American Diversity Takes the Field in Egypt World Cup
American Diversity Takes the Field in Egypt World Cup
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The US National Soccer Team is in Egypt for the FIFA Under-20 World Cup. The U.S. responded to their opening game loss to Germany with an explosion of goals against Cameroon, defeating the African nation 4-1. They lost to South Korea Friday night, 3-0, but can still advance to the second round. Four of the six third-place teams go on, and the Americans will find out Saturday whether they continue.

The American team is strengthened by players from a variety of different backgrounds.  More than half of the players on this year's American Under-20 team have at least one parent who immigrated to the US. Many are immigrants themselves.

Peri Marosevic fled war-torn Bosnia at two

Bosnian-American Peri Marosevic, 20,  has already faced more adversity than the average person will encounter in a lifetime.  As a small child, he left a war-torn homeland with his family. "When I was two - I had an older sister, she was five - my parents decided it would be best, having these little children, to move out," he recalls. "It was a tough situation for anybody to be there. You see, and you hear on the radio, that houses are being blown up, and you really do not want to be around that. My parents made a good decision," he says.

Marosevic and his family settled in Chicago. The good student earned a scholarship to the University of Michigan.

That story alone is one of tremendous achievement against long odds. But Marosevic's success does not end there. Like so many American children of immigrants from soccer-loving nations, Marosevic retained a love for the game ubiquitous in his home country.

Eventually his skill on the field drew attention from scouts for the U.S. Soccer Federation.  The naturalized U.S. citizen began playing for American national youth teams.  Earlier this year, he was selected to the Under-20 national team, to represent his adopted nation in the 2009 FIFA World Cup in Egypt.

Gale Agbossoumonde's journey began in Togo
Marosevic's history is one of many compelling stories among the 21 players representing the US in Egypt. Gale Agbossoumonde, the team's towering defender, also escaped conflict. "I was born in Togo, and then there was a civil war," he explains, adding that his family moved to Benin when he was still an infant. "I lived there for seven or eight years, and then moved to the United States in 2000, when I was eight or nine," Agbossoumonde says.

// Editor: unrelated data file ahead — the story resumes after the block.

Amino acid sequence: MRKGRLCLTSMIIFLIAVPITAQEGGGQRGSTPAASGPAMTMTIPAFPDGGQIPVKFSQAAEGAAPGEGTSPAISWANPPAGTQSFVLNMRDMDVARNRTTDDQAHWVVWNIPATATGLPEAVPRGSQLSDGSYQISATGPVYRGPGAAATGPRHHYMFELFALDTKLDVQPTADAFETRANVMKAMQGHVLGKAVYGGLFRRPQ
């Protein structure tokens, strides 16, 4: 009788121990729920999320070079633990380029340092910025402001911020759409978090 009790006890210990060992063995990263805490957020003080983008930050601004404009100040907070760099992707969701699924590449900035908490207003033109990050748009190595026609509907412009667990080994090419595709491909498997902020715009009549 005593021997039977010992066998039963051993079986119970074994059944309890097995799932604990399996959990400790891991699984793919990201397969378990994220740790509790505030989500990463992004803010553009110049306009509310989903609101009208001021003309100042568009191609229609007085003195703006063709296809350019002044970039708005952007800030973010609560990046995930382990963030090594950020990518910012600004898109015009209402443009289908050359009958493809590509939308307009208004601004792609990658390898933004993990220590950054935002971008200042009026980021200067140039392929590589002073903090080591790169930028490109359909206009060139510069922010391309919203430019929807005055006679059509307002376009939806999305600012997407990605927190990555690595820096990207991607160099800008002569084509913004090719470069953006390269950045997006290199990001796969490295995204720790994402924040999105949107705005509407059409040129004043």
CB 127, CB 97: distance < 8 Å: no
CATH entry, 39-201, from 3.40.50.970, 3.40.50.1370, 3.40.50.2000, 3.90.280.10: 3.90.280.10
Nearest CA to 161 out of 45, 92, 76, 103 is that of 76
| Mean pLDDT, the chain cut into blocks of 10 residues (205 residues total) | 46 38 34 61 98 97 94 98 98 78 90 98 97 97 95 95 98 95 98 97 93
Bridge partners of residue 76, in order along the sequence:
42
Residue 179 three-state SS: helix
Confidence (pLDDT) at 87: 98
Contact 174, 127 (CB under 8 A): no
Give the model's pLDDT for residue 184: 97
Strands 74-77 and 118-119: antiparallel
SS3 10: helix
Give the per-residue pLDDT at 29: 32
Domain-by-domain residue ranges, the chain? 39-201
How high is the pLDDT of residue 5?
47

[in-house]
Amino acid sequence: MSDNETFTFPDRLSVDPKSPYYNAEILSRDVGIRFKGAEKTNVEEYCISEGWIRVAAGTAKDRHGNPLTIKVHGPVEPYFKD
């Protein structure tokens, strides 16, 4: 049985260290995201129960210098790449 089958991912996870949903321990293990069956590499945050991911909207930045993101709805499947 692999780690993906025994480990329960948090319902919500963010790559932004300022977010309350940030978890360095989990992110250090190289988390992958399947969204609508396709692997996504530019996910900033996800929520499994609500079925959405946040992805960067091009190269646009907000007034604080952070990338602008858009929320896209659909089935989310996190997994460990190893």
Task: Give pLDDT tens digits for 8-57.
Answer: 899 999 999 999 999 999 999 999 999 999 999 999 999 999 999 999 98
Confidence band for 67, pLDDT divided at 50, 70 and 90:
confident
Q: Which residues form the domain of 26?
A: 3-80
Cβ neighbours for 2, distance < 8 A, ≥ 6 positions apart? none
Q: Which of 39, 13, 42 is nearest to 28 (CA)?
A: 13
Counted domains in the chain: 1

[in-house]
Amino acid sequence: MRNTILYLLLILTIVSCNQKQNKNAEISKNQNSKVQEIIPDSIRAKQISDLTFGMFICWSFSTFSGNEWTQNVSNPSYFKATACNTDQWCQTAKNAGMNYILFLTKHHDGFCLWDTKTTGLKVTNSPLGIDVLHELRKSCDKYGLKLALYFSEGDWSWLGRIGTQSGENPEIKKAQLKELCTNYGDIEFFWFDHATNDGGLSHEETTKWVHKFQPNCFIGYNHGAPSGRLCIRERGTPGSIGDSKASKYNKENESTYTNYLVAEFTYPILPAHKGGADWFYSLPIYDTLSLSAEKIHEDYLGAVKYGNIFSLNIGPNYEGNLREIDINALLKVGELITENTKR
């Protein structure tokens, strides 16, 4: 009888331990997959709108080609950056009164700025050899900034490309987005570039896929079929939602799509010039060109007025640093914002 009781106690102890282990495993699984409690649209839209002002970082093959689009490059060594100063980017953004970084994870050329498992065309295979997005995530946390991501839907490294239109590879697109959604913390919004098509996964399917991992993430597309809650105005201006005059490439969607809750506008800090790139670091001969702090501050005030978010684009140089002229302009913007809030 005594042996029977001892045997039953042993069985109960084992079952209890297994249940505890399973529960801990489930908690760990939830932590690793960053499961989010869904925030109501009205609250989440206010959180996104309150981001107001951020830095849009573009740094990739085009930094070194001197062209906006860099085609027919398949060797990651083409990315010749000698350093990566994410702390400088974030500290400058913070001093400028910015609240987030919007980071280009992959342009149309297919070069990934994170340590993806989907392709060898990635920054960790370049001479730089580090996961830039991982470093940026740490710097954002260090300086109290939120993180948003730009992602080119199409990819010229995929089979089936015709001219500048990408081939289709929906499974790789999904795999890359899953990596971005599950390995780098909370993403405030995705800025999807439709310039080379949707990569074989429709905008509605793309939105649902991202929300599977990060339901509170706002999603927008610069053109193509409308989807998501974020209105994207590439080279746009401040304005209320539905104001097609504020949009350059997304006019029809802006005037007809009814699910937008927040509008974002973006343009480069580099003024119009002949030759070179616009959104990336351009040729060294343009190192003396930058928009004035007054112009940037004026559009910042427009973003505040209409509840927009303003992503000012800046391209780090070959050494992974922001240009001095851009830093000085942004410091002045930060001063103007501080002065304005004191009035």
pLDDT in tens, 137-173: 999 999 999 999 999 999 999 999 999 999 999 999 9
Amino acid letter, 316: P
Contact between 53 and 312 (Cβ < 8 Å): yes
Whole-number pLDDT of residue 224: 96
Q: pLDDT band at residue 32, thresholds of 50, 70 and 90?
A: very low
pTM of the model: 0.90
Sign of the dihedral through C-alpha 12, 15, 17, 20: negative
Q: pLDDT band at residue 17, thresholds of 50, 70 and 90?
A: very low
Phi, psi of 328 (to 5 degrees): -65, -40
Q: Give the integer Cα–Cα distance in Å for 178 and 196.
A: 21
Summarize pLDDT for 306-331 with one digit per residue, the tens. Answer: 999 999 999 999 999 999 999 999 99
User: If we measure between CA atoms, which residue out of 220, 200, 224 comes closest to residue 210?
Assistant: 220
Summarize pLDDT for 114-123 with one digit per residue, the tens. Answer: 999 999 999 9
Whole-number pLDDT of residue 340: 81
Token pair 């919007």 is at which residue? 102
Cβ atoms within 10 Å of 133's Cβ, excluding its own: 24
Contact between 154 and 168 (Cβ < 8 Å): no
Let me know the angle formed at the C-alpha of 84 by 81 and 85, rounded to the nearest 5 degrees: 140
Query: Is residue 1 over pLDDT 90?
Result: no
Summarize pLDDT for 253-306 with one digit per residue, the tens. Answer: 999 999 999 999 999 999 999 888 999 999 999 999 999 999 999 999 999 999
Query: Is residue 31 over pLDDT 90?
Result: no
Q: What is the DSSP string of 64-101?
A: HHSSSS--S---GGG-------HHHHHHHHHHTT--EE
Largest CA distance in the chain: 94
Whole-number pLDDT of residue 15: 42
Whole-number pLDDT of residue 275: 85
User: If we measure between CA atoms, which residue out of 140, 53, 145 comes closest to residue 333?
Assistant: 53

Sheanon Williams has roots in the Caribbean

Defender Sheanon Williams, the son of Trinidadians who came to the Boston area from the Caribbean, says that diversity helps the team members understand each other off the field, and contributes to an interesting mix of skills on it.

"I think that is one of the great things about the U.S. We do have, definitely, a diverse culture that lives in the U.S., so we have Mexicans, and we have Africans, and all that. It mixes together well and it brings to the table different things that some players might not have from different countries," Williams says.

Players bring different soccer styles together

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With homegrown talent from a number of American states and players with origins in countries as varied as Nigeria, El Salvador, and Norway, the team displays disparate styles of soccer from all over the world. On the field, that mix has brought the U.S. to the verge of becoming a world power in soccer for the first time, and has helped the Under-20 team qualify for its seventh straight FIFA World Cup.

With so many players having realized the American dream, it should come as little surprise that one player actually goes by that name.

Living the American dream on the soccer field

Mexican-American Jorge Flores went from being a teenaged maintenance man at a Southern California church to a soccer star when he won a TV reality show contest and a tryout with Major League Soccer team, Chivas USA. Flores says his teammates now call him Sueño, which means 'dream' in Spanish.

"I was living in Mexico and came to the USA, and tried out, and I am the winner out of 2000 players; that is something you have to feel happy about. Right now I am playing professional in the U.S., and they gave me the opportunity. I am very happy," he says.

Flores' sense of pride in the red, white and blue jersey is shared by the other players who have roots in foreign lands. Peri Marosevic says his family will never forget where they came from, but they are proud to see him represent the United States on the soccer field. "This is our country," he says simply.

He adds, "The U.S. has given us so much opportunity. My parents, they're working, they are happy people. They live life to the fullest now. It is an unbelievable feeling to now be able to represent the U.S. in the World Cup and be one of the players."

The FIFA Under-20 World Cup kicked off on September 24th in Alexandria, Egypt. The tournament runs through mid-October, with the young Americans hoping to improve on their fourth place best finish so far.